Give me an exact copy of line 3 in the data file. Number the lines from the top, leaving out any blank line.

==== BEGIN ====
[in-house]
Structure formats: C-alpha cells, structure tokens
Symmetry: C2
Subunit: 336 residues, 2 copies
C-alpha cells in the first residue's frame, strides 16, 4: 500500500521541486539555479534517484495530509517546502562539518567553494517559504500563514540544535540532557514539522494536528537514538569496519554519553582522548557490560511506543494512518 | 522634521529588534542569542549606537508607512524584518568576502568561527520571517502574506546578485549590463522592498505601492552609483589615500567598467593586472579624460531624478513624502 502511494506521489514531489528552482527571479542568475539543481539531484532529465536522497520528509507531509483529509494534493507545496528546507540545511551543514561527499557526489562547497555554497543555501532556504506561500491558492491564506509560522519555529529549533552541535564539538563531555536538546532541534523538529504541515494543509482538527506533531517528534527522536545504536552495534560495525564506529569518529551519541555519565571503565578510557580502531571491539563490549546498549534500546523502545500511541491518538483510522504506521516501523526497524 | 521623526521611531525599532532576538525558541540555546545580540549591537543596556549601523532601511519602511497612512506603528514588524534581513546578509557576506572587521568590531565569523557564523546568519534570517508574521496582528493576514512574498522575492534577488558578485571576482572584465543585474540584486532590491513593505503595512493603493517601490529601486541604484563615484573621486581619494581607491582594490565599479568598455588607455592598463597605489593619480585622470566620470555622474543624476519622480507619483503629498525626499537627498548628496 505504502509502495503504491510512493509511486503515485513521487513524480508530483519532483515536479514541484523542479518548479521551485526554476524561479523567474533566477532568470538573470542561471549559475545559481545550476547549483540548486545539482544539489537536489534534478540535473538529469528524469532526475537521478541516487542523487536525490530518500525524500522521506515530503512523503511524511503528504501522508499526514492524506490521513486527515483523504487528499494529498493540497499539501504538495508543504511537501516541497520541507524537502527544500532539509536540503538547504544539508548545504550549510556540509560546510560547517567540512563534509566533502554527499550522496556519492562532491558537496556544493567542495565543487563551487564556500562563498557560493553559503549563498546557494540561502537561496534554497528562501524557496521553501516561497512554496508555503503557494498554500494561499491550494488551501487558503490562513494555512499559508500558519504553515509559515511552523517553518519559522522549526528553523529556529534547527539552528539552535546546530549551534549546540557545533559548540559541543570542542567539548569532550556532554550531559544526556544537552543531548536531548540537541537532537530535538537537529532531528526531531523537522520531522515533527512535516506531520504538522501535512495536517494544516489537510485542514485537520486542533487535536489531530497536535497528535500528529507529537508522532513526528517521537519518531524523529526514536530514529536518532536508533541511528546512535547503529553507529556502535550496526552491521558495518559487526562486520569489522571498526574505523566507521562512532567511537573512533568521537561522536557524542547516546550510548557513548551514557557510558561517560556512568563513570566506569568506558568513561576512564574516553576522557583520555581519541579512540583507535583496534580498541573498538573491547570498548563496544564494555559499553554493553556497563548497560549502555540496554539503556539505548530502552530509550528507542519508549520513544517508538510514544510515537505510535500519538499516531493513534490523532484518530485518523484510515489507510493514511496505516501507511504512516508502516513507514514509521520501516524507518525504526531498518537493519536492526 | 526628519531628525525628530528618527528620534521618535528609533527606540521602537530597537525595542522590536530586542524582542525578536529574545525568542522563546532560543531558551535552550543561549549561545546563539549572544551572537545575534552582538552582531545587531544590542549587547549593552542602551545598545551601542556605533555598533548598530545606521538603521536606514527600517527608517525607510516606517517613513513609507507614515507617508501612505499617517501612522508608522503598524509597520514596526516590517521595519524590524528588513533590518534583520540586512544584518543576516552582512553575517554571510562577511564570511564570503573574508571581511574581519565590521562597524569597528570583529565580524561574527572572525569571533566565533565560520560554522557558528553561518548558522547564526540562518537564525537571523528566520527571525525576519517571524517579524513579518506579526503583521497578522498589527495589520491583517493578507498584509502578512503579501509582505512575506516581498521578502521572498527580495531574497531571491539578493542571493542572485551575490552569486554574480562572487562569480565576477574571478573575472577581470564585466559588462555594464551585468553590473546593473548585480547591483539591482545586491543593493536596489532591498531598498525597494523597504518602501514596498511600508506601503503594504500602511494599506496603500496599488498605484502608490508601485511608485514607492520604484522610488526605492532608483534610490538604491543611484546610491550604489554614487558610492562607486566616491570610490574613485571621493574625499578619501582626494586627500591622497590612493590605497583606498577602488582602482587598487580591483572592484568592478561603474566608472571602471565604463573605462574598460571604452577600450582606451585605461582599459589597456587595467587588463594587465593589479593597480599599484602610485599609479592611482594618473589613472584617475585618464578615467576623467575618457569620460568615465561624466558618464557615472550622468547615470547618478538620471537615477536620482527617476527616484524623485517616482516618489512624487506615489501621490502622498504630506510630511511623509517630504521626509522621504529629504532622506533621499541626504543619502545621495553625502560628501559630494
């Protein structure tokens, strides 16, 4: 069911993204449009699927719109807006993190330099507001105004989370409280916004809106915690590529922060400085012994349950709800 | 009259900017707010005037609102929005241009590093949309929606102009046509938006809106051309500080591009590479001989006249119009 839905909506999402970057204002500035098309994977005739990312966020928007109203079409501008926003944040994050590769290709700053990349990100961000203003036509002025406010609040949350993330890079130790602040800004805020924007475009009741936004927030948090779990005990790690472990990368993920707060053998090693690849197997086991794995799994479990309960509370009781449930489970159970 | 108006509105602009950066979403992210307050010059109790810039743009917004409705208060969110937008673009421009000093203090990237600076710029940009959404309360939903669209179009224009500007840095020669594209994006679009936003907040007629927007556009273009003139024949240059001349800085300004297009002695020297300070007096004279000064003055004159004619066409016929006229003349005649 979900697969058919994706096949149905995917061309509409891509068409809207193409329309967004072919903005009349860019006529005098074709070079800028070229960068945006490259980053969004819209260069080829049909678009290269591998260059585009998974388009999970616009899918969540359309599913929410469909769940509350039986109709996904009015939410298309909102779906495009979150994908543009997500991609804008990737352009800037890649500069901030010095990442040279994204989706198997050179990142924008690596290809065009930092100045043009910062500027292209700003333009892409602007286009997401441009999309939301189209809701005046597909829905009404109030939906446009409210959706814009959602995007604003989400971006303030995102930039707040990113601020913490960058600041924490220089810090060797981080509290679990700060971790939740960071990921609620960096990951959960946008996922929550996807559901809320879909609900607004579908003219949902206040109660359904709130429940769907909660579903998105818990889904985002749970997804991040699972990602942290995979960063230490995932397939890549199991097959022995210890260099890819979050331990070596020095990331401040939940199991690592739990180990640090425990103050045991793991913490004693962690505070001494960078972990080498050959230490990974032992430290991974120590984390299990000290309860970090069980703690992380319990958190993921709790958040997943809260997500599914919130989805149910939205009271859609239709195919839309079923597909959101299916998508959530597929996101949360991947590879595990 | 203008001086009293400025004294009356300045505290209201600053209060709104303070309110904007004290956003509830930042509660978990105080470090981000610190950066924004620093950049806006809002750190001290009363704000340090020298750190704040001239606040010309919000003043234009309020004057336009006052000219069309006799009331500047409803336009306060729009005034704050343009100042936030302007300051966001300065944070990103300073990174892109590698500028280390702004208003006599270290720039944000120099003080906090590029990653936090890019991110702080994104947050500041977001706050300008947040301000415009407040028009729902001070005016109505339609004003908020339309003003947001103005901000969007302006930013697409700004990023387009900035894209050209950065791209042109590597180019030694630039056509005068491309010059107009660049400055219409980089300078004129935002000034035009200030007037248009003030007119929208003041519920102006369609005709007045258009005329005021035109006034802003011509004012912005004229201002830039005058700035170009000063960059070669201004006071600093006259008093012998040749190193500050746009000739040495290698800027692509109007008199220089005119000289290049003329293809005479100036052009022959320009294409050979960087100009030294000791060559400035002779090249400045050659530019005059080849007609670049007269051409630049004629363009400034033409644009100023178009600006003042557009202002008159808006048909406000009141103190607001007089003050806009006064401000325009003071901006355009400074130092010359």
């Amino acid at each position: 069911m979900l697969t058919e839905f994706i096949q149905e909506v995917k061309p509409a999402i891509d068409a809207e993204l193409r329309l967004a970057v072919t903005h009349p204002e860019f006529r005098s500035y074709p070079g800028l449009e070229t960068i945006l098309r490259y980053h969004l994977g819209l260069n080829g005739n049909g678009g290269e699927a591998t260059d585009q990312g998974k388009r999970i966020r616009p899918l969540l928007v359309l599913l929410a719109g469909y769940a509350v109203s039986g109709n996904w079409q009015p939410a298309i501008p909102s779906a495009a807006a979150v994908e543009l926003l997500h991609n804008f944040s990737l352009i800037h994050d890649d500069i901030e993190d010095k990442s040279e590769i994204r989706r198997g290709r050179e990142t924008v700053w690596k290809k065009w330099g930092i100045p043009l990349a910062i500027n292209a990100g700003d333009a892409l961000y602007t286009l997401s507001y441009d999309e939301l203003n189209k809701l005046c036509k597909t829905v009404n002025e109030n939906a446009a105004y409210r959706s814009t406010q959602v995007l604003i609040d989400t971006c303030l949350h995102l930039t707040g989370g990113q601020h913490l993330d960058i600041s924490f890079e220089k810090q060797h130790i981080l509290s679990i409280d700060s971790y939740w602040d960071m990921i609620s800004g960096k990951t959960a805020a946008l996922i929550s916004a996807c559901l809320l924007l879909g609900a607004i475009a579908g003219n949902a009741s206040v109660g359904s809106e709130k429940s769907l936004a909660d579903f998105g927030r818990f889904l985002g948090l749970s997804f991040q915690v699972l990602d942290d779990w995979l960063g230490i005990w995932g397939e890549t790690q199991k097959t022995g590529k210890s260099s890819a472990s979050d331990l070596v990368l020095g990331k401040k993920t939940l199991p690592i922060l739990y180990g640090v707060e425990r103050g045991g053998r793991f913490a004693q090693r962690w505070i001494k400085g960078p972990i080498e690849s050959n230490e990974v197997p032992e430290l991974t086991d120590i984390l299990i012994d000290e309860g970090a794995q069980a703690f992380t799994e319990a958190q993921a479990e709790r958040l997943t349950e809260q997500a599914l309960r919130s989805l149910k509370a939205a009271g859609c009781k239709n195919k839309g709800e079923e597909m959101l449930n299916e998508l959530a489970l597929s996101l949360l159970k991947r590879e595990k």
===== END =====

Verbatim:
Symmetry: C2